Despite the growing importance of CSR, the concept continues to be more widely used in large consumer facing companies from developed economies. There are several reasons why Small and Medium sized Enterprises (SMEs), companies within the B2B (business to business) sector and companies from emerging economies are less likely to report on their CSR activities. For example, these companies are less likely to be targets of civil society anti-corporation backlash campaigns. They are also less likely to have the resources to undertake and prioritize complex and additional analysis and reporting, including in-depth supply chain analyses and to conduct voluntary reporting. They may also believe that their small scale is likely to have a small impact, which does not justify such an investment.
Nevertheless, research has shown that there is a growing trend towards CSR activities in emerging economies, and the GIZ (Deutsche Gesellschaft für Internationale Zusammenarbeit) publication Fast Growth and Big Impacts: How Emerging Market Multinationals are advancing sustainable development argues that due to their proximity to pressing Environmental and Social Governance (ESG) issues, many larger corporations from emerging economies actually have improved environmental and social governance compared with their developed economy peers. This publication highlights an important point: companies that are at the forefront of these issues can use their proximity to have a greater impact where it is most needed, and similarly harness the associated economic opportunities. For this reason there are a number of international initiatives to support CSR within SMEs, companies in emerging markets and companies within the B2B sector. Such initiatives are particularly important as they support the companies that are generally considered the driving force of emerging market economies.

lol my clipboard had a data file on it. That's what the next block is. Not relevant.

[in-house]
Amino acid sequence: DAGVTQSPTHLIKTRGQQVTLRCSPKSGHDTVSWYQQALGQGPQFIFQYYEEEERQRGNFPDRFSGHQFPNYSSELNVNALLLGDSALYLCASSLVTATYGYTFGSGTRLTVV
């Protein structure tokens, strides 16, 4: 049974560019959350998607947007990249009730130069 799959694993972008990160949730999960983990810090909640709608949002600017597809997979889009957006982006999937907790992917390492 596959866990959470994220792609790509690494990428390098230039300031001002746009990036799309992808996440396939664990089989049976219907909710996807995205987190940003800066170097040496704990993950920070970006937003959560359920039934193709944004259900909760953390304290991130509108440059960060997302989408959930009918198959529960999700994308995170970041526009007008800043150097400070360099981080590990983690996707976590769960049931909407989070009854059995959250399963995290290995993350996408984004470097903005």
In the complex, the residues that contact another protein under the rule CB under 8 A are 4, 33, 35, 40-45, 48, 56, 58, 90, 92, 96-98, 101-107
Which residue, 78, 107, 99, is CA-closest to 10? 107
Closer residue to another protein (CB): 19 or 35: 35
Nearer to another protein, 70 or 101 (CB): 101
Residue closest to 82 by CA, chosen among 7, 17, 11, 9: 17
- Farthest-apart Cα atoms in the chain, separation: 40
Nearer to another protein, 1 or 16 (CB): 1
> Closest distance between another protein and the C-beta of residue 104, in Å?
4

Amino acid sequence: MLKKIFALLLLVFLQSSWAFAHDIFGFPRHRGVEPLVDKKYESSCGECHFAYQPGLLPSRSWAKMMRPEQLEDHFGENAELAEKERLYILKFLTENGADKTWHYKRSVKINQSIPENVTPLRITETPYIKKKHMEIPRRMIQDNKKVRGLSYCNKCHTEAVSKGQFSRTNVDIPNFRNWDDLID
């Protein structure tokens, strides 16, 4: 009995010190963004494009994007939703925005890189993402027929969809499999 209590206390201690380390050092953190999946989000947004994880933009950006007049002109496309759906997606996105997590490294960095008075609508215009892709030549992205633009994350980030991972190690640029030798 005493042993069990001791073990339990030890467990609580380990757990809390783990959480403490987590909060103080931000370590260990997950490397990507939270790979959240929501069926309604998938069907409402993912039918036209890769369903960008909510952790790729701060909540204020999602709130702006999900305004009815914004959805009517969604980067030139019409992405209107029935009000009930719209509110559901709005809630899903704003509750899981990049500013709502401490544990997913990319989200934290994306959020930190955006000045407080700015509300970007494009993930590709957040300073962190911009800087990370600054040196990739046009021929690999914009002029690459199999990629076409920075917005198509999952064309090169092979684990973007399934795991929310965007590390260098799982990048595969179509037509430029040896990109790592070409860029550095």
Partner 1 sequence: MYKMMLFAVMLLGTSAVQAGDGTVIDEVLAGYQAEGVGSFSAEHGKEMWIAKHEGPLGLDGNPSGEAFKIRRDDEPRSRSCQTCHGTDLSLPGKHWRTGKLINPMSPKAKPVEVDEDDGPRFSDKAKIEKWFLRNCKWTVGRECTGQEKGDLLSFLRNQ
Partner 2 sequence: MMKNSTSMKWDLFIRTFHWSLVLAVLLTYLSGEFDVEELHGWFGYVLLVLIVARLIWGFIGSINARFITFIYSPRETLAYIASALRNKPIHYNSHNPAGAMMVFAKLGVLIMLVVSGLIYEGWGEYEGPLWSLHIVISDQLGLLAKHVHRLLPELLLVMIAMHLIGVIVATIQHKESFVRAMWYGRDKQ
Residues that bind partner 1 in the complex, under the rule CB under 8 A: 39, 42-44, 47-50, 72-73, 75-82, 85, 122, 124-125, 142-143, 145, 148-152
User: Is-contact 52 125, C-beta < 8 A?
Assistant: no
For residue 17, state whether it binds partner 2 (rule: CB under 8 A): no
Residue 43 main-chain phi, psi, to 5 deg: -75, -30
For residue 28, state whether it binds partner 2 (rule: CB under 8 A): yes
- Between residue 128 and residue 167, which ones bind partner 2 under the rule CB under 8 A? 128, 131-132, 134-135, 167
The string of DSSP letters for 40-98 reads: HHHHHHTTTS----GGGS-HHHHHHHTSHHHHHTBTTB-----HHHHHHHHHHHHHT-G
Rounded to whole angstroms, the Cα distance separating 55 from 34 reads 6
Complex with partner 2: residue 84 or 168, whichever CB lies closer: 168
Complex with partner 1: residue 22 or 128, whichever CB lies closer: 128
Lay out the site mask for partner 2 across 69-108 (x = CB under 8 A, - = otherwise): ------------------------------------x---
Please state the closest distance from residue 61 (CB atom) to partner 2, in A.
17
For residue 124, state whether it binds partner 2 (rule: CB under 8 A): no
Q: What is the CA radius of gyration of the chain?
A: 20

CSR is likely to continue to grow and evolve in the future, and building successful companies through ‘doing well by doing good’ in emerging markets will be an interesting challenge, in particular amongst SMEs. Fostering this type of corporate development presents a great opportunity within the impact and development aid arenas, and a space that we are excited to be a part of. Some ways that we see this could be supported even further include:
- Access to concessional financing or other financial incentives for organisations that are properly considering and accounting for material issues. For example lower-interest debt, tax incentives, fast-track business administration processes or tariff reductions.
- Grant facilities to assist in materiality evaluations within specific localized sectors, and support to identify profitable opportunities, including technology-matchmaking.
- Stakeholder engagement opportunities, such as opportunities for investors who consider social and environmental considerations to connect with leading SMEs within this space.
- Recognition of best practices and development of case studies that guide SMEs.
- Improved regulatory frameworks, requiring compliance, such as ‘report or explain’ requirements for stock exchanges.
- Accounting firms developing mechanisms to incorporate ESG considerations into reporting practices for SMEs.
- Capacity building programs for CSR within emerging markets (an example of this includes the Global CSR Retreat, which Naomi developed at the United Nations Conference on Trade and Development, UNCTAD).
As the sector continues to evolve we are excited to see new and interesting ways to work with partners to support SMEs in emerging economies that want to make CSR integral to the success of their business.
 See for example “Corporate Social Responsibility, Evolution of a Definitional Construct” by Archie B. Caroll